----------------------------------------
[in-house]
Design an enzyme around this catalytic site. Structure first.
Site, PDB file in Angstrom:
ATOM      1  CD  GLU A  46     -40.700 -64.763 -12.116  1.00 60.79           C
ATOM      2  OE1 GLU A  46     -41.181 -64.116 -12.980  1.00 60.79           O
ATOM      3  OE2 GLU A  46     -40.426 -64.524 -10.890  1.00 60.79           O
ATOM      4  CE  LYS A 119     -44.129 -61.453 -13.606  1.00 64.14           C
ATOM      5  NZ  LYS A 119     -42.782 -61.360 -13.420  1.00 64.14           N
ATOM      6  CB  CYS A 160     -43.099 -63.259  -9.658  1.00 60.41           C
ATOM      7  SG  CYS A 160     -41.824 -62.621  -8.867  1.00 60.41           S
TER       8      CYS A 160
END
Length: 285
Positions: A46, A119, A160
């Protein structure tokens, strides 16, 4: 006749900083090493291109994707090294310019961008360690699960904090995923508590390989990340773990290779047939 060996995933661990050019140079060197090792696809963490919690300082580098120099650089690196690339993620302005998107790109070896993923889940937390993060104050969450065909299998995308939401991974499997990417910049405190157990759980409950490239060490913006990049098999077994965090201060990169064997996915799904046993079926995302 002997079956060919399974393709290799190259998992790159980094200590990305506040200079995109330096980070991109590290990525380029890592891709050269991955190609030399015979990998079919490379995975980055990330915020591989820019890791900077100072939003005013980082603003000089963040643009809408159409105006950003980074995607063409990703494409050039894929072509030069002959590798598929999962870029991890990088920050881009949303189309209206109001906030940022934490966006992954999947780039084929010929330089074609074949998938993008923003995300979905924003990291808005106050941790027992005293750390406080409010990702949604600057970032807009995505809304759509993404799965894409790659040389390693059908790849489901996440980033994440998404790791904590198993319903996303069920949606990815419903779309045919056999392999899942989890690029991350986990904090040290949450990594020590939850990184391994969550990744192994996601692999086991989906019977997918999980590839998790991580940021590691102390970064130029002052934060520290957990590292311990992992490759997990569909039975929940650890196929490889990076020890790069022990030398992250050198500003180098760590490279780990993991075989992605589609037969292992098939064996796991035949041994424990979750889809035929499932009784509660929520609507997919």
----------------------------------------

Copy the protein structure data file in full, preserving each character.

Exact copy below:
[in-house]
Design an enzyme around this catalytic site. Structure first.
Site, PDB file in Angstrom:
ATOM      1  CD  GLU A  46     -40.700 -64.763 -12.116  1.00 60.79           C
ATOM      2  OE1 GLU A  46     -41.181 -64.116 -12.980  1.00 60.79           O
ATOM      3  OE2 GLU A  46     -40.426 -64.524 -10.890  1.00 60.79           O
ATOM      4  CE  LYS A 119     -44.129 -61.453 -13.606  1.00 64.14           C
ATOM      5  NZ  LYS A 119     -42.782 -61.360 -13.420  1.00 64.14           N
ATOM      6  CB  CYS A 160     -43.099 -63.259  -9.658  1.00 60.41           C
ATOM      7  SG  CYS A 160     -41.824 -62.621  -8.867  1.00 60.41           S
TER       8      CYS A 160
END
Length: 285
Positions: A46, A119, A160
């Protein structure tokens, strides 16, 4: 006749900083090493291109994707090294310019961008360690699960904090995923508590390989990340773990290779047939 060996995933661990050019140079060197090792696809963490919690300082580098120099650089690196690339993620302005998107790109070896993923889940937390993060104050969450065909299998995308939401991974499997990417910049405190157990759980409950490239060490913006990049098999077994965090201060990169064997996915799904046993079926995302 002997079956060919399974393709290799190259998992790159980094200590990305506040200079995109330096980070991109590290990525380029890592891709050269991955190609030399015979990998079919490379995975980055990330915020591989820019890791900077100072939003005013980082603003000089963040643009809408159409105006950003980074995607063409990703494409050039894929072509030069002959590798598929999962870029991890990088920050881009949303189309209206109001906030940022934490966006992954999947780039084929010929330089074609074949998938993008923003995300979905924003990291808005106050941790027992005293750390406080409010990702949604600057970032807009995505809304759509993404799965894409790659040389390693059908790849489901996440980033994440998404790791904590198993319903996303069920949606990815419903779309045919056999392999899942989890690029991350986990904090040290949450990594020590939850990184391994969550990744192994996601692999086991989906019977997918999980590839998790991580940021590691102390970064130029002052934060520290957990590292311990992992490759997990569909039975929940650890196929490889990076020890790069022990030398992250050198500003180098760590490279780990993991075989992605589609037969292992098939064996796991035949041994424990979750889809035929499932009784509660929520609507997919």